Hoh Rain Forest Photos: Seasonal photo montage of the Hoh Rainforest and Hoh River, plus photo illustrations and explanations of typical temperate rain forest features.
It's Easy to Enjoy the Hoh Rain Forest:
Epiphytic ferns and many species of moss grow profusely throughout the rain forest.
It's not a proper temperate rain forest unless Oregon Wood Sorrel (Oxalis oregana or Oregon Oxalis) grows on the forest floor, I'm told. Wood Sorrel closely resembles its cousin, the Irish Shamrock.
It folds up like a tent when harsh sunlight, raindrops, or humans touch it, and unfurls its three heart-shaped leaves once again when the all-clear sounds.
At right: Oregon Oxalis on the floor of the Hoh Rain Forest, all folded up like a tent, a skill called nyctinasty which was triggered by bright sunlight.
Below: Some areas in the Hoh Rainforest are literally covered in Oregon Oxalis.
Trillium is also found throughout the rainforest. It blooms white in the spring, and then ages to a dark red.
From death springs life.
One sees the circle of life played out everywhere in the temperate rain forest. An ancient tree gives up the ghost and thumps heavily to the ground. Moss and ferns soon begin to cover the old behemoth. Seeds fall from the giant trees still standing around it onto the wet moss covering the prone trunk.
The seeds sprout (pictured below). Seedlings put forth roots into the decaying wood, become saplings, and then trees, nourished by the rotting bones of the fallen tree, now known as a nurse tree or nurse log.
In 200 years, these saplings and others will have formed a colonnade such as the ones pictured above and below.
Pictured at left: Two trees wrestle for supremacy atop a rotting nurse stump.
On the left in the foreground is a snag that lost its battle for survival years ago.
Right: This snag has been standing for many years. It has lost its bark in areas, and lichens are growing, which do not grow on living trees.
Below: Can you see my friend Candi hugging the ankles of the giant snag?
... Fall Hard.
The 500+ year old renowned "Big Sitka Spruce" standing along Upper Hoh Road toppled in a storm in December, 2014.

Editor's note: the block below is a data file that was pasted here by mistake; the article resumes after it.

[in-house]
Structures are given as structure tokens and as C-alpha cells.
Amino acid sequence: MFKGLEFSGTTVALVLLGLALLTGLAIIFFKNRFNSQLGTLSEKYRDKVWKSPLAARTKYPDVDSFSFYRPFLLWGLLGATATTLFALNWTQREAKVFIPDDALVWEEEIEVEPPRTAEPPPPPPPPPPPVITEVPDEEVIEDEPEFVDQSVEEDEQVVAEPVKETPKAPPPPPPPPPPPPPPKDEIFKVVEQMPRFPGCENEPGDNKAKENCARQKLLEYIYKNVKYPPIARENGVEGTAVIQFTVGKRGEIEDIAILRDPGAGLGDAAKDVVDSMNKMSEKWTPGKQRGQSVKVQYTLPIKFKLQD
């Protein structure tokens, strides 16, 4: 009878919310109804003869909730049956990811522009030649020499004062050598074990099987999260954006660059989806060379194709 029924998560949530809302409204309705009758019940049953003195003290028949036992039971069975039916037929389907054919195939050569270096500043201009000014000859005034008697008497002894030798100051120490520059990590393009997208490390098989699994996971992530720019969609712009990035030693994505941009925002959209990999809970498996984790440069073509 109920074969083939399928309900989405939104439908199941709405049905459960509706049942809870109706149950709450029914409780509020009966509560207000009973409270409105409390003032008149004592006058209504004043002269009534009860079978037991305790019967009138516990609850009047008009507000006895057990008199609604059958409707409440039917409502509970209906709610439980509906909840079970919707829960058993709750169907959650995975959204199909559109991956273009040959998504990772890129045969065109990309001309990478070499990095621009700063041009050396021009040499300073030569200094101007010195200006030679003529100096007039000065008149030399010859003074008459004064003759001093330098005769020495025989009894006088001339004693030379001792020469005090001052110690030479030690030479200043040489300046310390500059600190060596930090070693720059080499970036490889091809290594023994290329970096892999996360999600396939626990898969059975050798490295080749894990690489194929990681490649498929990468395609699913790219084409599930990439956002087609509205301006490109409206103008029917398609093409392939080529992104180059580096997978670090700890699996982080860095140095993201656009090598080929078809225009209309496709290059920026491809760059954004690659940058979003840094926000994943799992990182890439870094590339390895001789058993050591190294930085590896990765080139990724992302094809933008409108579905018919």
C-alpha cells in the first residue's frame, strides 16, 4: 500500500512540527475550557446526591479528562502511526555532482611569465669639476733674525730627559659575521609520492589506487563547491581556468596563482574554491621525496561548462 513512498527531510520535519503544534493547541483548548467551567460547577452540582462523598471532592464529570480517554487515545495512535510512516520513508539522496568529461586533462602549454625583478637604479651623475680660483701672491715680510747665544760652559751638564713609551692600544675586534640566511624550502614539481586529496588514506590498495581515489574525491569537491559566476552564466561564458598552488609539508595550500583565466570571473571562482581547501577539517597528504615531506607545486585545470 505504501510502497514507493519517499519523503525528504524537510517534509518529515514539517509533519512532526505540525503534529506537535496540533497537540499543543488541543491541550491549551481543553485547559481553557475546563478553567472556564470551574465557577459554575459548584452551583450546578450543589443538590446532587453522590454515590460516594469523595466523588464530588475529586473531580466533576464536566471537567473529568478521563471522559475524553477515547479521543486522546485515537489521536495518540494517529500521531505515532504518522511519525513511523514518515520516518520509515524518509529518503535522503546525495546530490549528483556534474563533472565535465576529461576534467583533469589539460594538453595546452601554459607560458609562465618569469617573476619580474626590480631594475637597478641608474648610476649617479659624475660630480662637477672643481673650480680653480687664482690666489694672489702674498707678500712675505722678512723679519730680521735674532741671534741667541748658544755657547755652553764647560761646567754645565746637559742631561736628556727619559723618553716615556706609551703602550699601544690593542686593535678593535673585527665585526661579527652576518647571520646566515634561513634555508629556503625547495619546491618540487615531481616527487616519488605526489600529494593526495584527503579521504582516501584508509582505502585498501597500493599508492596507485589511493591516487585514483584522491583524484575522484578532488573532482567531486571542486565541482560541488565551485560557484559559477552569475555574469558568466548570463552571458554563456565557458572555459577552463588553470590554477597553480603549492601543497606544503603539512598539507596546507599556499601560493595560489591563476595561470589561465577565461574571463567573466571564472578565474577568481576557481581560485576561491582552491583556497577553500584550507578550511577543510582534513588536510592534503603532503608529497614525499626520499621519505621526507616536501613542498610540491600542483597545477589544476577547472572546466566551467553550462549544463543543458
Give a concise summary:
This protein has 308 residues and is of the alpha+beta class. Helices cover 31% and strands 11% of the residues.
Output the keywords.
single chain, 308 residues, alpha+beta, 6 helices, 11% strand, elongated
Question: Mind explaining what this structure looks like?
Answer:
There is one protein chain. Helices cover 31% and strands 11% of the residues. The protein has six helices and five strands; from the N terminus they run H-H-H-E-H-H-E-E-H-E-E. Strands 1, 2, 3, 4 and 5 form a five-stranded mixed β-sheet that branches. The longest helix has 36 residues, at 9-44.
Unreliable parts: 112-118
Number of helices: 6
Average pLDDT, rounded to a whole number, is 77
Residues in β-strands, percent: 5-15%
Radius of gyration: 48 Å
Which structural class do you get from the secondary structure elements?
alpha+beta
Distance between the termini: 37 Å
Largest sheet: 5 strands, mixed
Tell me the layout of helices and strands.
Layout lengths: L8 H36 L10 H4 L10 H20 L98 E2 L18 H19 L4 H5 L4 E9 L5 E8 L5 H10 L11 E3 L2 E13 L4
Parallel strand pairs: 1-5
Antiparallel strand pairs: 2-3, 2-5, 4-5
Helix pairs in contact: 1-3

Until it fell, it was the 5th largest tree in the area, at 12.5 feet diameter and 270 feet tall.
It now lies on the forest floor, nothing but a dead snag left standing.
Above: This Sitka will become another nurse tree among the many that litter the floor of the Hoh rain forest, completing the circle of life for following generations of trees.
Above: My friend Candi standing at the foot of this very large Sitka Spruce helps to illustrate the scale of these giant trees. This one is certainly immense, but still just a teenager compared to the Big Sitka Spruce that fell in 2014.
Right: This Sitka Spruce tree towers over the rain forest. It might be 250 feet tall.
Left: We encountered this very large bull Roosevelt elk in the Hoh Rainforest in May 2015. This photo was taken in May; his velvet-covered antlers had just started growing for the season.
Although elk usually migrate to summer and then winter forages, several Roosevelt elk herds live in the Hoh rain forest year round due to the plentiful food sources.
Below: As banana slugs go, this is a small one; they grow to up to 10 inches long. This one was 4 feet off the forest floor on the bark of a tree, munching on mosses.
Salmon in the Hoh
Left and Above: These battered Coho Salmon were spawning in early January. Pacific salmon die upon completion of the spawn.
Photos can give you a taste, but there is no way to fathom the glory of the rain forest without actually visiting for yourself. We hope you will do that!
Olympic National Park: Hoh Rain Forest
Port Angeles is about 88 miles (141.6 km) away from the Hoh Rain Forest, or a drive of approximately 2 hours.
If Port Angeles is not your starting point, then:
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